Your Vice is a Locked Room and Only I Have the Key Light: Gonzalez’s Queer Giallo a Dicey Mélange
Love as an overwhelming, all-consuming fire seems to be the central conceit of Yann Gonzalez’s sophomore film Knife+Heart, a dizzying homage to Giallo cinema of the 1970s. Utilizing Vanessa Paradis in what might be her most enjoyable performance since Patrice Leconte’s The Girl on the Bridge (1999), Gonzalez sends us back to the seedy side of Paris in 1979, where a frazzled blonde lesbian producer of gay porn is inspired by the murder of one of her actors to embark on a more ambitious project by using the incident for her next film. While Gonzalez employs a variety of signature Giallo moves (not to mention positioning the film in a period when these pulp films mutated into the soft-core pornography going on within the film) and seems to revel in queering what was a notoriously homophobic, trenchantly heteronormative genre, his final product avoids coalescing into anything really enjoyable, always an exercise in style over substance, caught between uncertain glints of earnestness, self-aware comedy, and blunt titillation.
When gay porn producer Anne’s (Paradis) lover Lois (Kate Moran), who also edits all her films, decides to call it quits after a decade, she decides to convince her she’s capable of changing by going a different route with her work. The split coincides with the murder of one of Anne’s actors, and she feels inspired to use the incident by incorporating it into her next film project. With her usual director Archibald (Nicolas Maury) playing a composite of her in their film, Anne seems poised to reclaim Lois’ love—but the mysterious killer returns to slaughter more of her acting troupe. While the remaining cast and crew become terrified they’re next, Anne is led to investigate the murders herself, tracking the culprit thanks to the feathers of a bird left behind at each crime scene.
Knife+Heart’s narrative features a similar outlandishness to Gonzalez’s debut, the experimental You and the Night (2013), which is also unabashedly queer, and likewise features a goddess of French cinema, Beatrice Dalle. Paradis’ Anne, who takes the place of the central protagonist always reserved for the male lead in classic Giallo, is incredibly watchable as a self-involved alcoholic, who revels in blending life’s experiences into the fabric of her cheaply made, quickly produced pornos. She’s at odds, however, with the campiness of Nicolas Maury’s Archibald, her male alter ego in charge of directing the actors. Surprisingly, Maury isn’t allowed to go full tilt boogie with the flamboyancy promised by his early sequences, instead stitched into Anne’s latest production, playing the woman in charge of finding the killer. Behind-the-scenes antics, particularly involving an obese, happy-go-lucky fluffer (Pierre Pirol), known as the Mouth of Gold, tend to be more entertaining than whatever it is they’re filming.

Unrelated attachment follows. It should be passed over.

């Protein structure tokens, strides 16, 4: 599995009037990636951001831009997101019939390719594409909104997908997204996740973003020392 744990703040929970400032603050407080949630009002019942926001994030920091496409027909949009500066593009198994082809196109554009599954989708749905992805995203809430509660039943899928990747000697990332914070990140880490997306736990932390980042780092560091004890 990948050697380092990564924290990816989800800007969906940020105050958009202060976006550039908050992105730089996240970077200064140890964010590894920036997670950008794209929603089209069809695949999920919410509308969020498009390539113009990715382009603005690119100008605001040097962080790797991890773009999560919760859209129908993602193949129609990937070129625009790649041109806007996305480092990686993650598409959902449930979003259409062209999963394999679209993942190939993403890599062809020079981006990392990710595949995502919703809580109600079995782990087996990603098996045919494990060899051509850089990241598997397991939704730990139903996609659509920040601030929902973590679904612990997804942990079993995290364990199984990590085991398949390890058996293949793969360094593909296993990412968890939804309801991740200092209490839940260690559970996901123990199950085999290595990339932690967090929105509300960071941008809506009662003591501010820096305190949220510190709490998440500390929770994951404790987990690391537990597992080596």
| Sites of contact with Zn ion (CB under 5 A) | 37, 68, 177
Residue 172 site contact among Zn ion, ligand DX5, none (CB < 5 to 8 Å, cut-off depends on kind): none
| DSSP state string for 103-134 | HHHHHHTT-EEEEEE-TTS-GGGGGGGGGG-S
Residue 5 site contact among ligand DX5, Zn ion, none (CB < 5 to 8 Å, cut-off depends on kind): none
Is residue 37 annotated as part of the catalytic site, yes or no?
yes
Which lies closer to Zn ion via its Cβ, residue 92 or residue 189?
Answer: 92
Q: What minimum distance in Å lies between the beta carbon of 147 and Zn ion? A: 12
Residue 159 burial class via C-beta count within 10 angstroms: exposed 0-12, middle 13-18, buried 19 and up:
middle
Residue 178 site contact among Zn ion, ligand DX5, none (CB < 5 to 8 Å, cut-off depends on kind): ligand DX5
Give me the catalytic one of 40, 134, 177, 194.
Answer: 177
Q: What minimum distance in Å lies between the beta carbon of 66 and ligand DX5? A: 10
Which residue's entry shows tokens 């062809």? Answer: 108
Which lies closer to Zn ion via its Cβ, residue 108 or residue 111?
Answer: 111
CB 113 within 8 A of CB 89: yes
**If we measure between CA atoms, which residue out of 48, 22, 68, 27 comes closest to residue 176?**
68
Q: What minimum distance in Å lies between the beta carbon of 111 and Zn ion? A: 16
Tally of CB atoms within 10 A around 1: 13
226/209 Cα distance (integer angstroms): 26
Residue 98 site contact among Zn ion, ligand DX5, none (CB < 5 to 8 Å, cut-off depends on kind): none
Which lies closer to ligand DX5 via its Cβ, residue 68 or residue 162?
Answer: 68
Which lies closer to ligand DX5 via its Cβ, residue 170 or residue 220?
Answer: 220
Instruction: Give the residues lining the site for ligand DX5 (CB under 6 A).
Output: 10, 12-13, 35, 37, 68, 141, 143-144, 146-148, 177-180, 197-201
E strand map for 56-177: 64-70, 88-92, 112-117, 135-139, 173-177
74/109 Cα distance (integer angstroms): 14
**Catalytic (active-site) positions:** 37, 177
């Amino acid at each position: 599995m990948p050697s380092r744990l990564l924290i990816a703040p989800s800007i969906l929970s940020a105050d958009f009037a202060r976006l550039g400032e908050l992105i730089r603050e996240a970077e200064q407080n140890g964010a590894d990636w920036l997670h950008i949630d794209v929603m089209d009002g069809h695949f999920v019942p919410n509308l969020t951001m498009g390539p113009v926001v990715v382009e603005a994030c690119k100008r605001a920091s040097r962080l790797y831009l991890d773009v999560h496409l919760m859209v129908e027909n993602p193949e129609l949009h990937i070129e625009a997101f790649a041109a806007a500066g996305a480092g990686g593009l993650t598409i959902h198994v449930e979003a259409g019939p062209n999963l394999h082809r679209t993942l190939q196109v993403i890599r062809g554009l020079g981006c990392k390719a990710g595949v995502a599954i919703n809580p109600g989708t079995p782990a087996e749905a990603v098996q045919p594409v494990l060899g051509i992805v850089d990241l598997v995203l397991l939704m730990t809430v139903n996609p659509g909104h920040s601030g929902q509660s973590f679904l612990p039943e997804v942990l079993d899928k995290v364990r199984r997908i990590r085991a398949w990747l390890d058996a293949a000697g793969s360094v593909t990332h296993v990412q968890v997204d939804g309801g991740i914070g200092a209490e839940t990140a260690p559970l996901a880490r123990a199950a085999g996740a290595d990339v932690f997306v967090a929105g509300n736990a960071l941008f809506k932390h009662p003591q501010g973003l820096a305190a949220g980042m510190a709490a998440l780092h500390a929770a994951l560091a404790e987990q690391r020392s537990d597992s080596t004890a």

A far cry from other recent attempts to glorify Giallo via homage, such as the outright parody The Editor (2014), Gonzalez employs similar interests with Kate Moran’s Lois, the editor who holds the key to Anne’s heart. What Gonzalez gets right, particularly in the beginning, is a terrifying killer, whose initial murder sequence featuring a dildo which doubles as a knife, is creepy and memorable. Decked out in a leather face mask, which recalls the troubled and troubling vibes of Friedkin’s notorious Cruising (1980), these early bits are disturbing, enhanced by an eerie soundtrack (the second victim is Felix Maritaud, who appeared in last year’s BPM and makes an impressive breakthrough as an empathetic prostitute in Sauvage, 2018).
The sheer ridiculousness, involving animal references, recalls some of the genre greats, like Argento’s The Bird with a Crystal Plumage (1970). A phenomenal soundtrack from M83, and some inspired frames by DP Simon Beaufils (particularly in an early sequence at the dance club Le Future, which is juxtaposed by another grisly murder) assists in making the production of Knife+Heart the real winner. Wending through a variety of classically convoluted plot points (including a bizarre aside which features Jacques Nolot and Elina Lowensohn) to a finale which is reminiscent of the climax in 1991’s Popcorn (wherein a codified queer villain is similarly dispatched), Gonzalez stays true to his vision, but the film frustratingly hovers in the realm of light comedy in a third act which is jarringly outlandish when compared to the film’s early subversive elements.
Reviewed on May 18th at the 2018 Cannes Film Festival – Competition. 100 Minutes